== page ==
How You May Be Able to Permanently Discharge Debt in Bankruptcy
The pandemic has had a devastating impact on many Americans. If you are one of the many who’s lost your job or seen your small business take a hit, you may be struggling to meet your day-to-day obligations. By filing bankruptcy under Chapter 7, you can permanently rid yourself of some of your debts, but there’s a trade off. Furthermore, under bankruptcy rules, you must qualify before you can liquidate debt in Chapter 7. Here’s how it works.
Under Chapter 7, you can wipe out certain debts in exchange for transferring some of your property to the bankruptcy trustee. That property is then sold, and the proceeds are distributed to your creditors. Some debts, such as alimony and child support, cannot be discharged in bankruptcy. Additionally, student loans and past-due taxes can be discharged only in rare circumstances.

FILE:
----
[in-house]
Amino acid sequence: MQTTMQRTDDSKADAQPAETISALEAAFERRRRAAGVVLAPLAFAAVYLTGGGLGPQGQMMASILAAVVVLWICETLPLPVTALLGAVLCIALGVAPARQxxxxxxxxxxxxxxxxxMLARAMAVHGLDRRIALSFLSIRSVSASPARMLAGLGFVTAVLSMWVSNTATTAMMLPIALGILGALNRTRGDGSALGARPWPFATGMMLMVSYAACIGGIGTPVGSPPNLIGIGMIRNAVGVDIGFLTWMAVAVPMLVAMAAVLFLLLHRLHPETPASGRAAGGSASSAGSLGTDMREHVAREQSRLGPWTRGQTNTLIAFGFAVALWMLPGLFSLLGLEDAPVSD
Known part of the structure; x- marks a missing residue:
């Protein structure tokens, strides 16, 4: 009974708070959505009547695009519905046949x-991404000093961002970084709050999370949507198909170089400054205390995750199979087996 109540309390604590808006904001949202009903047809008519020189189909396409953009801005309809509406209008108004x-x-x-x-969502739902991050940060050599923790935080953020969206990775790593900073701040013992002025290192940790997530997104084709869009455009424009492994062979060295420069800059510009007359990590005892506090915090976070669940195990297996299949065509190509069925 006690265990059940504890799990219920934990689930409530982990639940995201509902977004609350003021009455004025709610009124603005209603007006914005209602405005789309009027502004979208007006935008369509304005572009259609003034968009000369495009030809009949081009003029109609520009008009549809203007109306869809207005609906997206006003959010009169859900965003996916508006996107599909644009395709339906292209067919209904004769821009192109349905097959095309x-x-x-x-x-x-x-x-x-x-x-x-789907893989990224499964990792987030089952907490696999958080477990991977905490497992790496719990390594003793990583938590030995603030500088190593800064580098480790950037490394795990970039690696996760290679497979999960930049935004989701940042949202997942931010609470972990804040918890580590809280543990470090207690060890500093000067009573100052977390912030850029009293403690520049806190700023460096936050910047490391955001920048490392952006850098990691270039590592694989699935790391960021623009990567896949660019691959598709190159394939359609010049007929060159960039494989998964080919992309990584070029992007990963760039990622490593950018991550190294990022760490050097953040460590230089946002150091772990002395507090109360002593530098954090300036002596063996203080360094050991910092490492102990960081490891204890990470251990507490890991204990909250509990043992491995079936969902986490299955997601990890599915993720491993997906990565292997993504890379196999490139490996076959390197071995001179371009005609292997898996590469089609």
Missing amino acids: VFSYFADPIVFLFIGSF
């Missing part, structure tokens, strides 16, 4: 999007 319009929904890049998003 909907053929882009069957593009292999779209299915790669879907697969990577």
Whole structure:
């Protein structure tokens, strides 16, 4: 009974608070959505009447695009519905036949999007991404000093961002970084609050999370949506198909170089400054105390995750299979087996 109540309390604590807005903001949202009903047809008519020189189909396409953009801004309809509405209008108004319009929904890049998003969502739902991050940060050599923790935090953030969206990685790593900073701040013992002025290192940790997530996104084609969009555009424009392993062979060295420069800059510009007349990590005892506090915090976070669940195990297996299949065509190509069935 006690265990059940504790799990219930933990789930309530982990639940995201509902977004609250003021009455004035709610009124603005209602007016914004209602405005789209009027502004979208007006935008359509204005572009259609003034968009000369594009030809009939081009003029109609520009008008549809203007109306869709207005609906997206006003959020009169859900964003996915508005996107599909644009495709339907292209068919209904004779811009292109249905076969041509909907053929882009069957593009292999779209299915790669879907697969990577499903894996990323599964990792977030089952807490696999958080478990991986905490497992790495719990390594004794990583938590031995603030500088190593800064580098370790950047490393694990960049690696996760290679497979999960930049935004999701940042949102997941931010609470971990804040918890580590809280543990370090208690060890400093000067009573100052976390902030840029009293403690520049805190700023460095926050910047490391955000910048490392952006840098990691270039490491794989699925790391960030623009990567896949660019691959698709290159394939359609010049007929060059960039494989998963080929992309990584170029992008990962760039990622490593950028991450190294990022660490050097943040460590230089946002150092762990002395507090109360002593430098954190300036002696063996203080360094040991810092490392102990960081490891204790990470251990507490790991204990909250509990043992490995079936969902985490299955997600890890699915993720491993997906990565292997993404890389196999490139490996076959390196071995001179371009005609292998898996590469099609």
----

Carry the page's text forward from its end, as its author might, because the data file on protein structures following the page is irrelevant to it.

You won’t lose all your property. Exemptions under both state and federal law allow you to keep some personal property and a certain amount of equity in real property. You must choose the exemptions allowed by state law or federal law—you cannot pick and choose from both.
Before you can file for Chapter 7 bankruptcy protection, you must pass a “means test”in which you show the bankruptcy court that you lack the resources to repay creditors over a three-to-five-year period. If you fail the means test, your only option for personal bankruptcy is to reorganize your debts under Chapter 13. However, whether you file under Chapter 7 or Chapter 13, you’ll immediately receive the benefit of the automatic stay, which prohibits creditors from calling, writing, or otherwise attempting to collect a debt except through the bankruptcy process
Contact the Cintron Firm
At the Cintron Firm, LLC, we offer more than 14 years of experience to people in New Jersey facing a broad array of legal challenges. Attorney Mark Cintron has worked as a prosecutor and has extensive courtroom experience, so he’s always ready, willing, and able to protect your interests before a judge or jury. We are currently available to talk with you by phone, text message, or online videoconference. Contact our office online or call us at 201-791-1333 or (201) 535-0323 to set up an appointment.